Quotation Back Trace

Curiosity can be a passing thought. Other times it's a burning question that latches on and won't let go. An itch that must be scratched. Such was the case upon my glancing at the title of a certain blog post, by Steve Rubel, a quotation that leapt right off the page:

In the future, everybody will be anonymous for 15 minutes.

Who originally made this statement?

Below I've documented the steps I took that in the end, I believe, led me to the horse's mouth. Let's get started.

For the record, it all began here:

So I follow the amusing quote link in Steve's first paragraph:

"the writer asked me what I thought about this amusing quote, which is the inverse of Andy Wharhol's more famous one."

The amusing quote hypertext linked to a twitter message shown below. Working with this tweet, I decide to first look up @bdegraf and interestingly, I get the response That page doesn't exist!. A search.twitter query shows 4 results, 3 of which are a retweet of the quote I'm trying to back trace.

Moving on to the other username, I look up @anselm (this account does exists!) and click More until I get back to the August 20th range where I find:

So at this point on the breadcrumb trail, attribution is pointing back to @bdegraf, a username that twitter reports does not exist. Back to search.twitter to dig for "in the future everybody will be anonymous for 15", which turns up one result:

SecondAttempt: "In the future everybody will be anonymous for 15 minutes" (Bansky) http://www.quotesfromthestreet.com/life-in-egland/the-madame-of-che...

Well now, we hit a site that contains the word quotes in the domain. This is promising. Also, (Bansky) could well be an author reference.


A book quote? Actually no. And the quote does not belong to that one post only, it's the header that appears throughout www.quotesfromthestreet.com. Also, ADVENTURES IN CONVERSATIONAL VOYEURISM is not a book title, it's the tag line of the blog. So now it's time to hone in on Bansky. Off to google to query banksy anonymous 15. Of the first page of results, myartspace>blog: Banksy: Did Banksy Reveal His Identity? drew my attention. On this art-related blog post was a comment containing:

At last: "Banksy", "anonymous" and "Swindle article" in the same sentence. That article might be the original source. Back to google again with Swindle Bansky. Finally, the referenced article is found. Swindle Magazine, a pop culture and lifestyle print publication, has back issues available online. Issue 08 contains an interview with Bansky; unless other prior art surfaces, this is where the quote was first captured:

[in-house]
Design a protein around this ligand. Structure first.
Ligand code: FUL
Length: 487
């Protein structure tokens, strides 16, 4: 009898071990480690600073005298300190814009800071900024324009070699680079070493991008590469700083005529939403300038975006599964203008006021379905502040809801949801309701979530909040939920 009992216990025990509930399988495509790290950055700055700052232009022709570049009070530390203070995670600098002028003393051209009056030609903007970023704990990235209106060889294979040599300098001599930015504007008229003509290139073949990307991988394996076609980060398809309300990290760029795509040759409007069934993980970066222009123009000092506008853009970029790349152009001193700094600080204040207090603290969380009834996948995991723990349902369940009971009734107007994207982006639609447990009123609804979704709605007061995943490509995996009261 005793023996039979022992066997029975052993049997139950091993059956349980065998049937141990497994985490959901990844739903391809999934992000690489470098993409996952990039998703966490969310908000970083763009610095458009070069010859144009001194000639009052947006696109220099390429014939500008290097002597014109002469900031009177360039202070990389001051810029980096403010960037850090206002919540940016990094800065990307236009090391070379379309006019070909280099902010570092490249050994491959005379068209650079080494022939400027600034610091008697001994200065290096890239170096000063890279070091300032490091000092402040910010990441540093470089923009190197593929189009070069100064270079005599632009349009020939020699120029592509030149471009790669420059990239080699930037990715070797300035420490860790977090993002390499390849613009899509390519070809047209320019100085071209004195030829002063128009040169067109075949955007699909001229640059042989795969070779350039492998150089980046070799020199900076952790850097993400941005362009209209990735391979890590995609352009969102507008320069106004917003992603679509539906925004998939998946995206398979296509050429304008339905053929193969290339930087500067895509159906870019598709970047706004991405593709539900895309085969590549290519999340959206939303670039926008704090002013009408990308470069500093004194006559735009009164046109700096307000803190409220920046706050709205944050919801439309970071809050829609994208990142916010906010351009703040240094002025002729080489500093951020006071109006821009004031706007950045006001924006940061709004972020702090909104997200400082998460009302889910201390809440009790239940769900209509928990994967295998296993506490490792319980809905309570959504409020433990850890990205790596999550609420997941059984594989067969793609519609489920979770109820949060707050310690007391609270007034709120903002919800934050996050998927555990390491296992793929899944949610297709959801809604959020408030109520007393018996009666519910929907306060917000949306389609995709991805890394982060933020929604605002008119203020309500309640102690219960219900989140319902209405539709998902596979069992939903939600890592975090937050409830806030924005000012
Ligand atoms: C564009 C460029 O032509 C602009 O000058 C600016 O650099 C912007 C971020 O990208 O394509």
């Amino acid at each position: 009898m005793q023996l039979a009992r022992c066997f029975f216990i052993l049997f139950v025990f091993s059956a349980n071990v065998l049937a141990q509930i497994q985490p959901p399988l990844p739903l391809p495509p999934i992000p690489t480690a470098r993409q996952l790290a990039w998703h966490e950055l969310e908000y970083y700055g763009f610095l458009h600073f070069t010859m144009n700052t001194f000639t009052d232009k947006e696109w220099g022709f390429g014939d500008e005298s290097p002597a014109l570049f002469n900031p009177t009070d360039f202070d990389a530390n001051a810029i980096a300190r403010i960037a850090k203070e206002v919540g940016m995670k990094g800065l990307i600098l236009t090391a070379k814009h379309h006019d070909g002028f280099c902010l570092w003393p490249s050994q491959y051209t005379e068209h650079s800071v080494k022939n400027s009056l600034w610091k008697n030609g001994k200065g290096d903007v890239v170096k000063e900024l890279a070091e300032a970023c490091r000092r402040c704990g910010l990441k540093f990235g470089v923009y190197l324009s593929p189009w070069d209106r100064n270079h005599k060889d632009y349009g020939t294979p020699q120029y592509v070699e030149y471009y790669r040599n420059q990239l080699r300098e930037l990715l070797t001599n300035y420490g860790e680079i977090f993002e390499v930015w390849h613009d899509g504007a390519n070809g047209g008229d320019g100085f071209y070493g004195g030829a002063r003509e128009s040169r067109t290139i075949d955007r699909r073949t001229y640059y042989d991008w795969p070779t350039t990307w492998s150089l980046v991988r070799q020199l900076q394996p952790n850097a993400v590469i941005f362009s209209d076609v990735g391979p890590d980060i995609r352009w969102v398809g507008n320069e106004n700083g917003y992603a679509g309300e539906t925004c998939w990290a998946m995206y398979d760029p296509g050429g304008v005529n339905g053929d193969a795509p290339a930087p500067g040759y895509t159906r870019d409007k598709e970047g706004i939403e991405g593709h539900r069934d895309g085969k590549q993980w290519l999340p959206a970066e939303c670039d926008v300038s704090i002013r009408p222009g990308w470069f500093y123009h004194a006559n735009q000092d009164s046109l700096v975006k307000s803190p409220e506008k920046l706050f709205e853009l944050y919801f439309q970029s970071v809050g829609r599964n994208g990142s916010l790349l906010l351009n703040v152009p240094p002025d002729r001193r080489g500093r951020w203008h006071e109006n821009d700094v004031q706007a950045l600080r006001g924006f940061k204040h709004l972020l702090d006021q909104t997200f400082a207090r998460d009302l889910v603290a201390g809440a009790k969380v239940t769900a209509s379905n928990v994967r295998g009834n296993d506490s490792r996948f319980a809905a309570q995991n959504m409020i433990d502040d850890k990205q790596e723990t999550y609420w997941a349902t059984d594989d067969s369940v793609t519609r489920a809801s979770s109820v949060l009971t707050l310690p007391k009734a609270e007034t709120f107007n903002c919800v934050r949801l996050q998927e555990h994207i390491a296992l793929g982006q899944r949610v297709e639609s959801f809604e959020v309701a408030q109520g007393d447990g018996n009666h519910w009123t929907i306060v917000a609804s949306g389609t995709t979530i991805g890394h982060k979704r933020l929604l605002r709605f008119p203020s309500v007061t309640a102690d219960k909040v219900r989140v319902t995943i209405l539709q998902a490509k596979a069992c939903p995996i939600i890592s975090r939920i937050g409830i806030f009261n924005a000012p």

So there you go. Who is Bansky? A self-described art terrorist according to Wired who rose up in notoriety within the graffiti subculture. Then of course Wikipedia has some things to say. Among other things, he's managed to put on public showings such as this 100-piece art exhibition in the UK; and yet has more or less retained his anonymity.

The quotation was not preserved word for word, but the semantics are nearly identical. The person behind the quote is enigmatic, but all the dots are now connected for attribution to the root source.

File under Curiosity: Satisfied.


UPDATE [2009-09-13 00:10]: Wait! There's more. Commentors on Steve's post are arguing between the true source being the Swindle/Bansky quote versus a lyric from Robbie Williams' song, The Actor, which is on the Rudebox album.

Williams' lyric does exactly match the twitter version, and thus Steve's version of the quote. I'd consider that a strong indication of a match.

However, Rudebox was released in October 2006 while Issue 08 of Swindle appears to predate that album, having apparently been published on or before September 2006.

Did one inspire the other, or was it just coincidence plus the zeitgeist in Britain at the time? This case is not closed.


Martha said...

I remember reading that quote in the Steve Rubel article and thinking it interesting. Your investigation about its source is even more interesting!


Micah Wittman said...

Thanks, Martha. Yeah, it just got to me and I couldn't shake it till I wrote it down in this post.

Anonymous said...

that's so interesting how on route to your answer you traced your way through my blog and then i found you in my analytics ... a modern day crossing of digital paths .... nice sleuth work though i love your curiosity!

Graham Greenleaf said...

If you dig back far into pre-history (Internet time) then the source of the original variant of this meme may be rather more mundane than either Banksy or Robbie Williams. The variant 'In cyberspace everyone will be anonymous for 15 minutes' (or 'fifteeen minutes') goes back to 1996, but Banksy (via the Huffington Post, if I recall) changed it to 'In the future ...'. Various collections of Internet sayings attribute it to the first line of an article of mine at - but the joke is that no-one ever read the footnote, where I said I stole it from journalist John Hilvert (via Andy Warhol of course). Other than that footnote, no one on the Internet has ever attributed the source. Satisfied? ... you shouldn't be, because all the links to the current version are not here. Maybe this meme has many parents.

Graham Greenleaf said...

Here is the link lost from the last posting: http://www.austlii.edu.au/au/journals/PLPR/1996/48.html

If the link is still invisible, the article title is 'Privacy and cyberspace -- an ambiguous relationship'.

Graham Greenleaf said...

I'll try again ... the link missing from the last post is http://www.austlii.edu.au/au/journals/PLPR/1996/48.html - and if this is still invisible, the title is 'Privacy and cyberspace -- an ambiguous relationship'.

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